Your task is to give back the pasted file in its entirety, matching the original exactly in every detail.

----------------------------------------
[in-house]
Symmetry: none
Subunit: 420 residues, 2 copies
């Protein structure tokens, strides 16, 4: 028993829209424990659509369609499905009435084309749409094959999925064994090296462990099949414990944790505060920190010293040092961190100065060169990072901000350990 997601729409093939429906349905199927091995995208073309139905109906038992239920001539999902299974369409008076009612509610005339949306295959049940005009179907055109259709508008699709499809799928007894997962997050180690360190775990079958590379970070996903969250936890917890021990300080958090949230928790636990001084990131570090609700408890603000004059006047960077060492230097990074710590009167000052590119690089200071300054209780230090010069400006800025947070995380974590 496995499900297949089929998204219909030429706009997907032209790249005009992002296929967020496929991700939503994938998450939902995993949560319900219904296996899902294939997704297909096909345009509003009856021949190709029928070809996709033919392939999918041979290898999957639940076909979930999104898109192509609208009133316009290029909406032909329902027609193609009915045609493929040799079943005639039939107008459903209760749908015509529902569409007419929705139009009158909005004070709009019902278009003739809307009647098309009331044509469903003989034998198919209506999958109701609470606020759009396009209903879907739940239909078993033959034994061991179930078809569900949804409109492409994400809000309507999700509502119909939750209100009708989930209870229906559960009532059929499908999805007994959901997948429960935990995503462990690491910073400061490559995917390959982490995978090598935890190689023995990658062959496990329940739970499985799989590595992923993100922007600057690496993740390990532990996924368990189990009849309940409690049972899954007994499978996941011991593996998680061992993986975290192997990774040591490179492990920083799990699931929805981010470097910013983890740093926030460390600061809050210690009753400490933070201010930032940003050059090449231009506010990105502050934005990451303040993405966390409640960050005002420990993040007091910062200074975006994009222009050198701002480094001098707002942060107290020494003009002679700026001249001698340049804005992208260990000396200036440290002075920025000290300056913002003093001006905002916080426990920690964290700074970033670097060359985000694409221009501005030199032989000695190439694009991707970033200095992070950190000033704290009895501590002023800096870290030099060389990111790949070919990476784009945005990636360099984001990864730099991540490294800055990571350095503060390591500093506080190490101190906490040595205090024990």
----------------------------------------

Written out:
[in-house]
Symmetry: none
Subunit: 420 residues, 2 copies
């Protein structure tokens, strides 16, 4: 028993829209424990659509369609499905009435084309749409094959999925064994090296462990099949414990944790505060920190010293040092961190100065060169990072901000350990 997601729409093939429906349905199927091995995208073309139905109906038992239920001539999902299974369409008076009612509610005339949306295959049940005009179907055109259709508008699709499809799928007894997962997050180690360190775990079958590379970070996903969250936890917890021990300080958090949230928790636990001084990131570090609700408890603000004059006047960077060492230097990074710590009167000052590119690089200071300054209780230090010069400006800025947070995380974590 496995499900297949089929998204219909030429706009997907032209790249005009992002296929967020496929991700939503994938998450939902995993949560319900219904296996899902294939997704297909096909345009509003009856021949190709029928070809996709033919392939999918041979290898999957639940076909979930999104898109192509609208009133316009290029909406032909329902027609193609009915045609493929040799079943005639039939107008459903209760749908015509529902569409007419929705139009009158909005004070709009019902278009003739809307009647098309009331044509469903003989034998198919209506999958109701609470606020759009396009209903879907739940239909078993033959034994061991179930078809569900949804409109492409994400809000309507999700509502119909939750209100009708989930209870229906559960009532059929499908999805007994959901997948429960935990995503462990690491910073400061490559995917390959982490995978090598935890190689023995990658062959496990329940739970499985799989590595992923993100922007600057690496993740390990532990996924368990189990009849309940409690049972899954007994499978996941011991593996998680061992993986975290192997990774040591490179492990920083799990699931929805981010470097910013983890740093926030460390600061809050210690009753400490933070201010930032940003050059090449231009506010990105502050934005990451303040993405966390409640960050005002420990993040007091910062200074975006994009222009050198701002480094001098707002942060107290020494003009002679700026001249001698340049804005992208260990000396200036440290002075920025000290300056913002003093001006905002916080426990920690964290700074970033670097060359985000694409221009501005030199032989000695190439694009991707970033200095992070950190000033704290009895501590002023800096870290030099060389990111790949070919990476784009945005990636360099984001990864730099991540490294800055990571350095503060390591500093506080190490101190906490040595205090024990």